The role of the Rap GTPases and Pyk2 Protein Tyrosine Kinase in cell migration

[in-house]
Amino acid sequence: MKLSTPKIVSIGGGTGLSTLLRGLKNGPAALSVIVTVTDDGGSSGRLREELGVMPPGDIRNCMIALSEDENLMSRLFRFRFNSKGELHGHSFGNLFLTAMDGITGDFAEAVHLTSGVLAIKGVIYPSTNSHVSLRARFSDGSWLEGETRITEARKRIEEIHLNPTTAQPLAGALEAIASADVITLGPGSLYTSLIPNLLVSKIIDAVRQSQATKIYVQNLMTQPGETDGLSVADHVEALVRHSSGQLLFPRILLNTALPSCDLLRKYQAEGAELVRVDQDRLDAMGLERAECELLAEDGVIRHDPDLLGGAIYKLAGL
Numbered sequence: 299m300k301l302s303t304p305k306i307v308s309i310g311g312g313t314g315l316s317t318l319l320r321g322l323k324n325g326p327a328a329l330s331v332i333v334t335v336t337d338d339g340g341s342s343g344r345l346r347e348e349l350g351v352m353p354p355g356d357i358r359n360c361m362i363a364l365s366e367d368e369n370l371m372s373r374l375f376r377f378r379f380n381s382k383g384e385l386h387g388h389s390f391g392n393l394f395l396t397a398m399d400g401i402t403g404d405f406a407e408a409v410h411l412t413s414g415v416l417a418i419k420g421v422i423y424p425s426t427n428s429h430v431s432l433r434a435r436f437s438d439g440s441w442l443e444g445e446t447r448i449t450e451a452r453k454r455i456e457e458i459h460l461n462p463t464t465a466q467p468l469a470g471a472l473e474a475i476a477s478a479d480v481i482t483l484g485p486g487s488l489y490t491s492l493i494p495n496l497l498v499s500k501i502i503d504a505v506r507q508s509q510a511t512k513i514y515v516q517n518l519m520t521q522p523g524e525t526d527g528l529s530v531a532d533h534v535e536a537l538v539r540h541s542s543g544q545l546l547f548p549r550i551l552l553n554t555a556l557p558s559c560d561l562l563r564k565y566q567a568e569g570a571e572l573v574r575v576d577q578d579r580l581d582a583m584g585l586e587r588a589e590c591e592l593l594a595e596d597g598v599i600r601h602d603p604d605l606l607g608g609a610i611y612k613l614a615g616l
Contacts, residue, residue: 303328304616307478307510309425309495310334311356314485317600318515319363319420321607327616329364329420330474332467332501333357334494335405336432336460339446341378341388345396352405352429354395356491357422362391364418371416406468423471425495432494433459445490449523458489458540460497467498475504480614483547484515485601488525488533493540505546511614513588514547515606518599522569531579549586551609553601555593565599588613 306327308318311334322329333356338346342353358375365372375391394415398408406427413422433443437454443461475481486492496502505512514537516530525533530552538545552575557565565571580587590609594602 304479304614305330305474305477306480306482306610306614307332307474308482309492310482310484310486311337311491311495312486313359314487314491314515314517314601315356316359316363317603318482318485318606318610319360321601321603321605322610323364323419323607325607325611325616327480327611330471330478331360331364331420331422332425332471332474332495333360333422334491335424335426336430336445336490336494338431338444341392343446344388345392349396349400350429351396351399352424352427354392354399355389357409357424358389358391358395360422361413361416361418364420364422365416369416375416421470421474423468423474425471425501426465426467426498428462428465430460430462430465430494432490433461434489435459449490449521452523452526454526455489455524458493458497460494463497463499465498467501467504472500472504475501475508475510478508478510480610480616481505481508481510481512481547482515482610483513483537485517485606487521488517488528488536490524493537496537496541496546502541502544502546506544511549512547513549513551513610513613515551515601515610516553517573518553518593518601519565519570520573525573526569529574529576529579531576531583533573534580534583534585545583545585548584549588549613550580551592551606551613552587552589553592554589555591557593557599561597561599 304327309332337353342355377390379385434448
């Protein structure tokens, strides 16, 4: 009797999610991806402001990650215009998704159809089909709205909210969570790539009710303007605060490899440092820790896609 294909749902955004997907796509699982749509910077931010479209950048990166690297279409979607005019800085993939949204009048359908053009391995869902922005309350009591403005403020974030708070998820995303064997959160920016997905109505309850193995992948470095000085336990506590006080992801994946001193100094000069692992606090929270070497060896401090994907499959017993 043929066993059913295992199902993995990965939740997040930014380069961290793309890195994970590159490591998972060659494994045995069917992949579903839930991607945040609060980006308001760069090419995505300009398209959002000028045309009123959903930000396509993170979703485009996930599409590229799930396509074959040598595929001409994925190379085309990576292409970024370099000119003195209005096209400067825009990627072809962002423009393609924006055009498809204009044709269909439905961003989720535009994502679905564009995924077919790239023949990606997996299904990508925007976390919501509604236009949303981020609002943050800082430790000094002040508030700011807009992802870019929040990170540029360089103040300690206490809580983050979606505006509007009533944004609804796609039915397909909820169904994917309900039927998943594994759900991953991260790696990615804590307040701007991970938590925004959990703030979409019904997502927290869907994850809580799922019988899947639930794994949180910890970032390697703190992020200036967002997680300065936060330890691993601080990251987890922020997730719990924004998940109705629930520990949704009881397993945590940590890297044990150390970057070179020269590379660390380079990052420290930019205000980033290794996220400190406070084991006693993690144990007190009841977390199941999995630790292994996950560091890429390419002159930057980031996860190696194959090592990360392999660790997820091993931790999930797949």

Chemokines are small proteins that direct the migration of immune cells into and within the body’s immune system. These include B cells that become activated and mediate an immune response to infectious agents (antigens) that cause disease. Dr. Michael Gold’s laboratory is interested in understanding the function of the protein Rap1, a GTPase that is activated by binding to the nucleotide GTP. Dr. Gold’s lab has shown that Rap activation is involved in B cell migration towards certain chemokines. More recently, their research has indicated that Rap regulates the activation of Pyk2, a protein known to be required for B cell migration. As a trainee in Dr. Gold’s lab, Caylib Durand is studying how chemokine-induced signaling causes B lymphocytes and other immune cells to migrate, and how chemokine-mediated signaling activates Rap1 and Pyk2. His goal is to identify key signaling pathways that coordinate the events required for cell migration. Ultimately, Caylib’s work may indicate that Rap and Pyk2 might be good targets for drugs to regulate inflammation and immune responses.